Wireshark-dev: Re: [Wireshark-dev] Wireshark memory handling
From: Guy Harris <[email protected]>
Date: Fri, 9 Oct 2009 18:48:29 -0700
On Oct 8, 2009, at 1:15 PM, Erlend Hamberg wrote:

The "problem", as we have understood it, and as we have seen it to be, is that Wireshark keeps its internal representation (from reading a capture file) in
The data Wireshark currently keeps in its address space that could  
grow in size as the capture file grows are:
	the frame_data structure (epan/frame_data.h) - one structure instance  
per packet;
	the text for some or all of the columns in all of the rows of the  
packet list (all, in current releases of Wireshark; some, in the  
development branch);
	various per-packet private data attached to some frames by dissectors;

	various per-dissector private data structures;

	the results of reassembly.

The data from the frames in the capture file are not kept in Wireshark's address space - they are read in as necessary, into a small number of buffers (one for the main window, and one for each packet window opened). *HOWEVER*, if data from a frame is reassembled into a higher-level multiple-frame packet, the result of the reassembly is, as noted, kept in Wireshark's address space.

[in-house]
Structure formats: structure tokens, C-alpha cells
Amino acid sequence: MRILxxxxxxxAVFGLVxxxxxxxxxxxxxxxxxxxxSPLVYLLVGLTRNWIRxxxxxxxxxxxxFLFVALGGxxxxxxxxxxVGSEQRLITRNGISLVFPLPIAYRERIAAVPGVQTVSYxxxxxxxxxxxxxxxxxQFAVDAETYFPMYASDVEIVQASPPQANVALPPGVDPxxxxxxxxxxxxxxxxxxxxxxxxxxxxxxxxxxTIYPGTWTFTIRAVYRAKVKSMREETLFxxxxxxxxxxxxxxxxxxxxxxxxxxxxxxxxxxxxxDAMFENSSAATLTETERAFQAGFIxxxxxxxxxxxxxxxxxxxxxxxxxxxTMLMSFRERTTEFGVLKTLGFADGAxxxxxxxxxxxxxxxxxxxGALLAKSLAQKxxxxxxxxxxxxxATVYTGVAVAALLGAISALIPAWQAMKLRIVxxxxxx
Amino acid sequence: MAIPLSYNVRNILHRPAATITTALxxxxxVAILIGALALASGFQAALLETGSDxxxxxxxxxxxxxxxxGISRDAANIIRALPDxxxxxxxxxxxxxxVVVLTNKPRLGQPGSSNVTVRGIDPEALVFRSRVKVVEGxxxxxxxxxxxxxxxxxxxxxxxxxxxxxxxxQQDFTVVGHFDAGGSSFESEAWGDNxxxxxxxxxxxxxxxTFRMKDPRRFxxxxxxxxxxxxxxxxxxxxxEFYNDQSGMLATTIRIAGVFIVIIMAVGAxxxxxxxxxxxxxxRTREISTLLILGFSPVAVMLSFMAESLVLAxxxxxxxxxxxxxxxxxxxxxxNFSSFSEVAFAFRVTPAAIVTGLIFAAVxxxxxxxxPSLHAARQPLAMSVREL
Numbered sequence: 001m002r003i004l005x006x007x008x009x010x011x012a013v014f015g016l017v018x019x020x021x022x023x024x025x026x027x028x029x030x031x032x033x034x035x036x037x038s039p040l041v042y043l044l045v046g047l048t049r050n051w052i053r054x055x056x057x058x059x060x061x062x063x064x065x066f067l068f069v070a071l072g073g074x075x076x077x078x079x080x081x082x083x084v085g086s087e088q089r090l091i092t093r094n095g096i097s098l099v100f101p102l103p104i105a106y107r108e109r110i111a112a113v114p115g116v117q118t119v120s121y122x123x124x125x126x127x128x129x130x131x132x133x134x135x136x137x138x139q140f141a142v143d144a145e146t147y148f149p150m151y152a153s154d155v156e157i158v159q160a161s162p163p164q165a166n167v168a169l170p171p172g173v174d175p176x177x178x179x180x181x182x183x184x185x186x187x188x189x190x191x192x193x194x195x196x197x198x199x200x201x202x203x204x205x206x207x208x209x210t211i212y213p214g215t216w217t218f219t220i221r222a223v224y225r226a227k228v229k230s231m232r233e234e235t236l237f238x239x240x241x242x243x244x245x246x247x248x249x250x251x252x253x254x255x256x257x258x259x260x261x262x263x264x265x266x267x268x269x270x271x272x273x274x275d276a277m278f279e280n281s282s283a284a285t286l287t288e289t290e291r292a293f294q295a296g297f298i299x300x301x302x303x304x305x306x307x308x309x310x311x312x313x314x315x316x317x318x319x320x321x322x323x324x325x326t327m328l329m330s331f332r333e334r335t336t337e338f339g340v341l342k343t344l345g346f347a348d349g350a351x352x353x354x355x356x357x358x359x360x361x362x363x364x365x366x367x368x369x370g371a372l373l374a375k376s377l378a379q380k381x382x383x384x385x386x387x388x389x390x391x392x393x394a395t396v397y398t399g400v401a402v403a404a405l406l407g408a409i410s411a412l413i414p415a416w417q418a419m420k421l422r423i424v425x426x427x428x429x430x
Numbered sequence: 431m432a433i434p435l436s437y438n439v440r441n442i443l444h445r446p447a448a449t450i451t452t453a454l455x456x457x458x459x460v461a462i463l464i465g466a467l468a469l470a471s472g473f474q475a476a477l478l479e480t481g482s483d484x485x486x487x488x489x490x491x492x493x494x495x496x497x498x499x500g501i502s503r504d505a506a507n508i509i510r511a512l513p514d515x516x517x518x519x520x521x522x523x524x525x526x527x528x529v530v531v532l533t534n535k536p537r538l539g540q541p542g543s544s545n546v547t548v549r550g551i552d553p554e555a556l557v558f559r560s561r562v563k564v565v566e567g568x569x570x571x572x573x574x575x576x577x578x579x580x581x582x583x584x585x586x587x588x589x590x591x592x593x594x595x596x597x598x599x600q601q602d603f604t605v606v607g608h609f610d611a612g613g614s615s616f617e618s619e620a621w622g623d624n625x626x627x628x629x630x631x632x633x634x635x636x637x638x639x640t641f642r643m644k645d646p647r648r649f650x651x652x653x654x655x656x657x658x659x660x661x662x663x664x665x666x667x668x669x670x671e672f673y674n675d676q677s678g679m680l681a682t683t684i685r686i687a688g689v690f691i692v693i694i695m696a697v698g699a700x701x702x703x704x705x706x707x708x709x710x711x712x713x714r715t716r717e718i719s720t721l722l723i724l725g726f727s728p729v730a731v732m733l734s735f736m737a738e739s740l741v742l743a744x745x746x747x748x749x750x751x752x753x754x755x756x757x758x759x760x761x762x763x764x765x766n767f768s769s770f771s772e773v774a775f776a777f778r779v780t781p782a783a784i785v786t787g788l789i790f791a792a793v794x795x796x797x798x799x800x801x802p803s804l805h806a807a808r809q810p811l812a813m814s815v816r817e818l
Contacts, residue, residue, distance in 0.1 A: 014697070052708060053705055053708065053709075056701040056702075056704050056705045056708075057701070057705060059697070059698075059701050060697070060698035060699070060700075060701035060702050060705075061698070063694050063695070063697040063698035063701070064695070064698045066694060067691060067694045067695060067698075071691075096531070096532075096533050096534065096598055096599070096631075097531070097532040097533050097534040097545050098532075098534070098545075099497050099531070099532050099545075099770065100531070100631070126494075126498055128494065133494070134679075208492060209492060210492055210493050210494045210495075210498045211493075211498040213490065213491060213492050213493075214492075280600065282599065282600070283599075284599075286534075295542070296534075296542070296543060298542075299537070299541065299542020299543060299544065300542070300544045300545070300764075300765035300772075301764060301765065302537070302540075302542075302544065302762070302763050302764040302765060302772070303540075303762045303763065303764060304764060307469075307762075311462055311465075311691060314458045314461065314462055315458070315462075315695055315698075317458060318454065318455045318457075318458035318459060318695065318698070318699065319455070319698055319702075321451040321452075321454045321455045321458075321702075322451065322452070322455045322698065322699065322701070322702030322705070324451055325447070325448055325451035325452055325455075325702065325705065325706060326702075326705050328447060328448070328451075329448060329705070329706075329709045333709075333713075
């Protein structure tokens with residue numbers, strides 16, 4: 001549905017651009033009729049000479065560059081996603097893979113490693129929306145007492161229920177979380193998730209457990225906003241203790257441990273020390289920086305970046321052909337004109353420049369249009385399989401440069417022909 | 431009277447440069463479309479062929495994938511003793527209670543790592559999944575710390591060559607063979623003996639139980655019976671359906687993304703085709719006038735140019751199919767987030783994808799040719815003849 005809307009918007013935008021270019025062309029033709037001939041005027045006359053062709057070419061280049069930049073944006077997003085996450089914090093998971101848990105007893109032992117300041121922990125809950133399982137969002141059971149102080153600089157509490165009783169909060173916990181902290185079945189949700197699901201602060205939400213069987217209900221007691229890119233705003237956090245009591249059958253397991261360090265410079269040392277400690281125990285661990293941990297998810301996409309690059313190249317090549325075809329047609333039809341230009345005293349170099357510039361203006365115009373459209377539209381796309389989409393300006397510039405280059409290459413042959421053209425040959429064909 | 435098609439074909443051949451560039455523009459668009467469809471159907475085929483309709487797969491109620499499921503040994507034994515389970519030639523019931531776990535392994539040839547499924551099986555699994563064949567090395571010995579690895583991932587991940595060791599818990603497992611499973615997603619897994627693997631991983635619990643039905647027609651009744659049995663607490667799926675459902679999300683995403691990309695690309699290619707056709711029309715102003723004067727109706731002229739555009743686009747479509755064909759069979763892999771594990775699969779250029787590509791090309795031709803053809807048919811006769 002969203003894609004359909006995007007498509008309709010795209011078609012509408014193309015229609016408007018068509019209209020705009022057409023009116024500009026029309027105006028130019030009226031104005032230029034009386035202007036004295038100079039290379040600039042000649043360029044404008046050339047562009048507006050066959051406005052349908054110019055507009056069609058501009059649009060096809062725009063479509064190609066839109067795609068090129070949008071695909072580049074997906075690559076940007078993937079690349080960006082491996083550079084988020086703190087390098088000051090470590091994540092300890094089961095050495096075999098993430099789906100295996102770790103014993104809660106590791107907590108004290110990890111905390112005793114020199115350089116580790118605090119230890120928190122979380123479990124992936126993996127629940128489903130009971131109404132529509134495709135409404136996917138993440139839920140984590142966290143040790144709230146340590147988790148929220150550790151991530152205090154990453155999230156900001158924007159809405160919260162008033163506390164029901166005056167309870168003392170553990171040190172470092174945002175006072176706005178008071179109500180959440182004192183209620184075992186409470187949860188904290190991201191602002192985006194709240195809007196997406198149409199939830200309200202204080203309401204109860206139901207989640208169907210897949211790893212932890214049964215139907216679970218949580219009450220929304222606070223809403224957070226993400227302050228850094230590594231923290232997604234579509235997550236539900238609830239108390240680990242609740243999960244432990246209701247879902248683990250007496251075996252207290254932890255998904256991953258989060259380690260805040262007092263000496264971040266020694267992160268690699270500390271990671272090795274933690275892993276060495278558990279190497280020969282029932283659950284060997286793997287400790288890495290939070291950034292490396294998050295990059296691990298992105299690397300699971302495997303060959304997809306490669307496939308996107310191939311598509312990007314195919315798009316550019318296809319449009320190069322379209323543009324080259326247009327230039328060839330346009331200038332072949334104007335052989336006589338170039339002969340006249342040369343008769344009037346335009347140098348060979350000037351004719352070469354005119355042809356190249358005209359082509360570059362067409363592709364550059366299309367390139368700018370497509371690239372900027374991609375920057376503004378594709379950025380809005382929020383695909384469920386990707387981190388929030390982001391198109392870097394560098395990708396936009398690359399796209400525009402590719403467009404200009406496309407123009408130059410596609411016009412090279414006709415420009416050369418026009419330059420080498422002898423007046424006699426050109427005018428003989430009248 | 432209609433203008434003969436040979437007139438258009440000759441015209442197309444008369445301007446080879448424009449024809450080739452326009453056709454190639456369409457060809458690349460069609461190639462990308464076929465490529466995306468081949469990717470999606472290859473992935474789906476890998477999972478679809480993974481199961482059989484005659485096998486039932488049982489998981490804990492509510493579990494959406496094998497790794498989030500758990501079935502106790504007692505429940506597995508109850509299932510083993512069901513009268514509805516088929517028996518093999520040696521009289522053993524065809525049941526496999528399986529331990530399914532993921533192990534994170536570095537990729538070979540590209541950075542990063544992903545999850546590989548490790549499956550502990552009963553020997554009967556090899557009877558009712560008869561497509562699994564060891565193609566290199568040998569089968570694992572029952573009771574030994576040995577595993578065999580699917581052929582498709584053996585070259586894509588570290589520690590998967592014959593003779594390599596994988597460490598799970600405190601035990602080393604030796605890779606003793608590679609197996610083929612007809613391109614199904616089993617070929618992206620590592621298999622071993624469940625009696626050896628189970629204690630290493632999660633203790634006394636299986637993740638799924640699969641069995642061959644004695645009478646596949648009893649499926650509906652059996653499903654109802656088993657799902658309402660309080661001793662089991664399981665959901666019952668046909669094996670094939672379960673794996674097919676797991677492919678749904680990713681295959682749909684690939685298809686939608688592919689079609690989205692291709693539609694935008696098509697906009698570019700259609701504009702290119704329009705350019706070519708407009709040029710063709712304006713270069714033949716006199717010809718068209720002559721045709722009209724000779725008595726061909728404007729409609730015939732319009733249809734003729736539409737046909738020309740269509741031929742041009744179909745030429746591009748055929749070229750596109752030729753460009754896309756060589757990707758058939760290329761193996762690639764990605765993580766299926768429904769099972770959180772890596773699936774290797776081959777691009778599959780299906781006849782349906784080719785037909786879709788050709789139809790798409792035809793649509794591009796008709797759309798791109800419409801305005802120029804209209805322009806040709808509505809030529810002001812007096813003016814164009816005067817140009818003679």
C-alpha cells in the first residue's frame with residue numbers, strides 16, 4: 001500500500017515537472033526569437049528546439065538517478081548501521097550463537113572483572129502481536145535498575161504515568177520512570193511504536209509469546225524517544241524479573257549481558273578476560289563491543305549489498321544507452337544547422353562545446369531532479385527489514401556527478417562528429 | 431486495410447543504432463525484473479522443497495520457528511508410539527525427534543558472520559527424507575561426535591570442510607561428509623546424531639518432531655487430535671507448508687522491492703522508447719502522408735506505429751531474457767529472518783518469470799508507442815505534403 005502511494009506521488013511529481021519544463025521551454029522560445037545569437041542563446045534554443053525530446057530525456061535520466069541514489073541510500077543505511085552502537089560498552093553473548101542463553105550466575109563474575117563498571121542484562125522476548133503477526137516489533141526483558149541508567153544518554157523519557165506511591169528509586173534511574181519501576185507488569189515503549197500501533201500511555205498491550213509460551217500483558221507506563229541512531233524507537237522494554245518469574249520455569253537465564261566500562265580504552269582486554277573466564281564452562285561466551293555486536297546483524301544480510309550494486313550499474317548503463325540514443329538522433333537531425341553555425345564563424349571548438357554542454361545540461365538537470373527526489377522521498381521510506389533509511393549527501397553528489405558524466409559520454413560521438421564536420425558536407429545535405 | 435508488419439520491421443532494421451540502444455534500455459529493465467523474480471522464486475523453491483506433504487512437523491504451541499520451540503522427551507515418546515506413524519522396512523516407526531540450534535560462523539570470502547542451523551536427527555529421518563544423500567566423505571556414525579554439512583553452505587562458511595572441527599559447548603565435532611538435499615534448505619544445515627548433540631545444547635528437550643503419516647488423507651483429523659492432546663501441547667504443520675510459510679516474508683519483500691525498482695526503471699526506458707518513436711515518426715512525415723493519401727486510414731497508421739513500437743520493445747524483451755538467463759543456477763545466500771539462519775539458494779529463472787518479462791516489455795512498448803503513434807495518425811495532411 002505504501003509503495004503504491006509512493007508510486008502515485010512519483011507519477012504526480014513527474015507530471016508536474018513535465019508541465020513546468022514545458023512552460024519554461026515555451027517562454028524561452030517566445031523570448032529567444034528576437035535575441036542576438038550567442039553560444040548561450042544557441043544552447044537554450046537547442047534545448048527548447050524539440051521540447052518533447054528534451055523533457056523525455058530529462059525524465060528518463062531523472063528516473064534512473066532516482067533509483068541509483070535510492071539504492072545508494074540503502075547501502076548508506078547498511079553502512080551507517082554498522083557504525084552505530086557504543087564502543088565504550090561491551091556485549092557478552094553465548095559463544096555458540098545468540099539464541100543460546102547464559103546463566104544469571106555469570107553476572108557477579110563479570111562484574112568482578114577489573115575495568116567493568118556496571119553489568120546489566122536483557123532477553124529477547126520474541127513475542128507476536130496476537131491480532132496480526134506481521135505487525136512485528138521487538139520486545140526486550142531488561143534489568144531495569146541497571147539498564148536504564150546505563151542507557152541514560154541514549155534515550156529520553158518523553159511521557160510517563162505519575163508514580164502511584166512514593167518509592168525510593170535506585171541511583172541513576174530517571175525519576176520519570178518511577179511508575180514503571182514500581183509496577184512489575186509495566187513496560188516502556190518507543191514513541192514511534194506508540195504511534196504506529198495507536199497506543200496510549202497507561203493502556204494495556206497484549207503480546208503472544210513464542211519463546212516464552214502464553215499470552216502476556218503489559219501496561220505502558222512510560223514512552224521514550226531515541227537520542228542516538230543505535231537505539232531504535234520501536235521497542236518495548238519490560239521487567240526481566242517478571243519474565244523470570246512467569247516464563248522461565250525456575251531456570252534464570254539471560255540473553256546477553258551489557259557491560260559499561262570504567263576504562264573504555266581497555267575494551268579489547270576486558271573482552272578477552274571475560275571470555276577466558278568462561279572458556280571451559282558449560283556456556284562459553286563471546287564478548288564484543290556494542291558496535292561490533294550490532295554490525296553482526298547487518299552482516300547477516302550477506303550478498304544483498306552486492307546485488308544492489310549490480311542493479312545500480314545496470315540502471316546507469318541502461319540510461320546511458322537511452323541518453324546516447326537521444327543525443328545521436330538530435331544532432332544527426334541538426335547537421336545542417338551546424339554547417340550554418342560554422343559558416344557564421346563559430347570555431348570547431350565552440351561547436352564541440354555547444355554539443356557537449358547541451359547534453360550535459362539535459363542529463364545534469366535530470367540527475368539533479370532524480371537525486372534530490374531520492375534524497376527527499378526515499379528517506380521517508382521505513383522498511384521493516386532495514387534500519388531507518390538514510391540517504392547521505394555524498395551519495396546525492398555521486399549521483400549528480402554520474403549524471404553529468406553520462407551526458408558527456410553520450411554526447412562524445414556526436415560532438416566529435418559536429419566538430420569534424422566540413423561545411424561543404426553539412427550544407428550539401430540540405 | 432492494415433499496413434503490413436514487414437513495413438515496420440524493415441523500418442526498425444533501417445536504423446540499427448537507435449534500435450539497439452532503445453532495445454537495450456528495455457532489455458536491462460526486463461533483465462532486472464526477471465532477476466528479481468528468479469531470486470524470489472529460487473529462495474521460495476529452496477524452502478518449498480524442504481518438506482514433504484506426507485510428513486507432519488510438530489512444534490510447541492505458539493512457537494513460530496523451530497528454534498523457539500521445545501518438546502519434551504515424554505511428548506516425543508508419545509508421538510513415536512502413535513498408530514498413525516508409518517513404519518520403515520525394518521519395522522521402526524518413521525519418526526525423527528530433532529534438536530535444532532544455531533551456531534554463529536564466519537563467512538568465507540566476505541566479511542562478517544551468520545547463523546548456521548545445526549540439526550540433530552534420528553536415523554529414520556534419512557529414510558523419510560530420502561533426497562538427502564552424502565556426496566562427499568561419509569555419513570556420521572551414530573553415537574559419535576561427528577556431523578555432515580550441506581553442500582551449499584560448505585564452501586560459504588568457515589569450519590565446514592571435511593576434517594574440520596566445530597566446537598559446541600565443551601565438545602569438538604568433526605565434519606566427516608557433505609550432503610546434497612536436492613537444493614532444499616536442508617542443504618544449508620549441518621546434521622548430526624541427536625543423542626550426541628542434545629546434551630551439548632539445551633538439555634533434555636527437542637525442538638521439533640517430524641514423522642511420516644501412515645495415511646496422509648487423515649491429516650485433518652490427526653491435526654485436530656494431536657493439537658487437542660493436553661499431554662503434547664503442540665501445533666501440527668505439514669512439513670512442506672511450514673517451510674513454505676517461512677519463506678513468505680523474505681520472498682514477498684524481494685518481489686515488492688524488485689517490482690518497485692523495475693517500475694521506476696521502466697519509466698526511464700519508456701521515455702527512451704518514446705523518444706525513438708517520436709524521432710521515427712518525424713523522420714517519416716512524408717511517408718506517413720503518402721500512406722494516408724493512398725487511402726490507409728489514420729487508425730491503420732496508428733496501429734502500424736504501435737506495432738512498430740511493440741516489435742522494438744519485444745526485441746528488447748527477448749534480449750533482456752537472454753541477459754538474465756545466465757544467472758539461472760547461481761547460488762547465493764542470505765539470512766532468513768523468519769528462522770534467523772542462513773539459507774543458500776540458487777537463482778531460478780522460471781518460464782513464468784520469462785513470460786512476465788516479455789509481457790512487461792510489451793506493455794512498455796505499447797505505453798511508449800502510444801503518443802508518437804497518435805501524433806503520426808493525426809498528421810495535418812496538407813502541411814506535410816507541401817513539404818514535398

I write "problem" in quotes, because in most use cases I guess that
this is not a problem at all,
People complain about it enough that, while in *most* cases it might  
not be a problem, we frequently get mail from people who have to split  
up capture files to read them - I'd call it enough of a problem that  
we should work on it (ideally, by reducing the amount of address space  
required by the aforementioned data items).
So, on OS X (and possibly other modern OS-es), as long as you have available harddisk space, a process will not run out of memory, ever? (A process can
have address space of ~18 exabytes on 64-bit OS X. [1])
On modern OSes that support 64-bit userland, and that can dynamically  
grow the swap space, running on a machine with enough disk space, I  
would expect that a process running 64-bit would not run out of  
address space unless there are some in-kernel data structures that  
scale with address space size and the kernel's maximum address space  
size limits the size of those data structures enough to stop address  
space growth before you hit another limit.  32-bit programs aren't  
going to be so lucky.